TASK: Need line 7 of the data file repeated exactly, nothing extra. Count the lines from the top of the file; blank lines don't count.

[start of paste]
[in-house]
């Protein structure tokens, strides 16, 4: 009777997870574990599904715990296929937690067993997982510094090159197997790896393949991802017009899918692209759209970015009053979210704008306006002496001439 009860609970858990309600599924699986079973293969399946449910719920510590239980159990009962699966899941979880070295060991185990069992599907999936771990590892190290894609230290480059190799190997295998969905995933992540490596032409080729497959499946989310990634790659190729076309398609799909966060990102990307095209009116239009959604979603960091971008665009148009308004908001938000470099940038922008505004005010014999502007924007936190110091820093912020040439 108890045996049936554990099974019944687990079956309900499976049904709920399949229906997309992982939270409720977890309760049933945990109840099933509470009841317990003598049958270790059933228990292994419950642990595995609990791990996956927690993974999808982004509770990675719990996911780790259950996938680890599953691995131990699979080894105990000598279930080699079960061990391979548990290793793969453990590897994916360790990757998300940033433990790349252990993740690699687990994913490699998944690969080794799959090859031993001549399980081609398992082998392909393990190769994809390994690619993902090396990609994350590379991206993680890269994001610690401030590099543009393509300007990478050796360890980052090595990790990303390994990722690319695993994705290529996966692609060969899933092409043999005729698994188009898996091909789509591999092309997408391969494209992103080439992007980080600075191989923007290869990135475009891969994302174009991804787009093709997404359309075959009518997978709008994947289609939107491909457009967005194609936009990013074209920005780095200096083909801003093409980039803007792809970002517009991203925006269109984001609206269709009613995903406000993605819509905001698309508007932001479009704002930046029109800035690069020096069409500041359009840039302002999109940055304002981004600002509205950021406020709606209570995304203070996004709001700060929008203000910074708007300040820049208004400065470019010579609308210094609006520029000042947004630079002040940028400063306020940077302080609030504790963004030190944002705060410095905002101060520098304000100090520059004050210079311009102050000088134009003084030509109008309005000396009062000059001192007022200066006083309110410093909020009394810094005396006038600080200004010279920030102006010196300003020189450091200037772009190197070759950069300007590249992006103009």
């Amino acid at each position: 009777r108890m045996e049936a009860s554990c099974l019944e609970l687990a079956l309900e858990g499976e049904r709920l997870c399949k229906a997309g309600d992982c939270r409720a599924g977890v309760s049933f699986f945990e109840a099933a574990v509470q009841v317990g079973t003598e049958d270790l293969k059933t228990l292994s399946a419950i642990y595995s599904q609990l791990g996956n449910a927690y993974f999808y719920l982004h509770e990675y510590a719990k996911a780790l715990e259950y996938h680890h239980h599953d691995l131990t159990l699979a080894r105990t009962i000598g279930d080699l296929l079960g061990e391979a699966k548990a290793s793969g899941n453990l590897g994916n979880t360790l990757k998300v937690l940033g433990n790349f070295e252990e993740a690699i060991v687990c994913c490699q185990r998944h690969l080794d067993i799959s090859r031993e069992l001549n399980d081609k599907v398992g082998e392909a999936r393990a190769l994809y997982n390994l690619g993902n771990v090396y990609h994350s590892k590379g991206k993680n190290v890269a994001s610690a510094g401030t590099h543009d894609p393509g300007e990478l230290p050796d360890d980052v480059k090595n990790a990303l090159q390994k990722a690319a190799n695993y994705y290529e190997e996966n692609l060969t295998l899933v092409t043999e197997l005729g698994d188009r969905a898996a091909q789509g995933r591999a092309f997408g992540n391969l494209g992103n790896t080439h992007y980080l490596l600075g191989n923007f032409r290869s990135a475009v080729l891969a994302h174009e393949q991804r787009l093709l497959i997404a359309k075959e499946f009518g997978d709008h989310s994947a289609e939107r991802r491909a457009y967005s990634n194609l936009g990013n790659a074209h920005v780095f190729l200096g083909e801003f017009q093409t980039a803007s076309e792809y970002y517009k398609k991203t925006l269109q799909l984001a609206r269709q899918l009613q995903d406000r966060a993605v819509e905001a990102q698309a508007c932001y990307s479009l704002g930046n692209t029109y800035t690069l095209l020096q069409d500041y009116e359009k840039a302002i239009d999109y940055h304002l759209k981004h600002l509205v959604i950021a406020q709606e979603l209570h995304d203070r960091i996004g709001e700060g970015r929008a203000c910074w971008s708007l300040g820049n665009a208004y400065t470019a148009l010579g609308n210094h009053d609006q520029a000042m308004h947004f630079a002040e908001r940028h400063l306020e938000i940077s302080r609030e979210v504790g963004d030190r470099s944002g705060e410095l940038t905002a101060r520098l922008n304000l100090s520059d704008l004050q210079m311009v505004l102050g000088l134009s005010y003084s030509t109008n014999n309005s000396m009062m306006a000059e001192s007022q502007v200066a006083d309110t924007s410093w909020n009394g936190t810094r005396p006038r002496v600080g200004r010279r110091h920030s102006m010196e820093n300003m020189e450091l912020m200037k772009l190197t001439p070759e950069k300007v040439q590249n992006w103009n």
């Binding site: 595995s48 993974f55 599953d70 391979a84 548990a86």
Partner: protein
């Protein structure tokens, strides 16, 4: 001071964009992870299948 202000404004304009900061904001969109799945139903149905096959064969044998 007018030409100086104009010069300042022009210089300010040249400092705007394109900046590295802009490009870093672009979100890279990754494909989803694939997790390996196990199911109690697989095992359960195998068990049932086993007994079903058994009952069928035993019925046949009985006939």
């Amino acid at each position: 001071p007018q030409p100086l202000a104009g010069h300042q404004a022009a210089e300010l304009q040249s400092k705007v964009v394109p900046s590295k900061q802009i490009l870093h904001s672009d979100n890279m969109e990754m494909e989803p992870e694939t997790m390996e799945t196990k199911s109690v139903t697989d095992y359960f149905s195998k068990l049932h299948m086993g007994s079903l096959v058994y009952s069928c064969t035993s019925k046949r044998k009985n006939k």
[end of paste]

């Amino acid at each position: 001071p007018q030409p100086l202000a104009g010069h300042q404004a022009a210089e300010l304009q040249s400092k705007v964009v394109p900046s590295k900061q802009i490009l870093h904001s672009d979100n890279m969109e990754m494909e989803p992870e694939t997790m390996e799945t196990k199911s109690v139903t697989d095992y359960f149905s195998k068990l049932h299948m086993g007994s079903l096959v058994y009952s069928c064969t035993s019925k046949r044998k009985n006939k």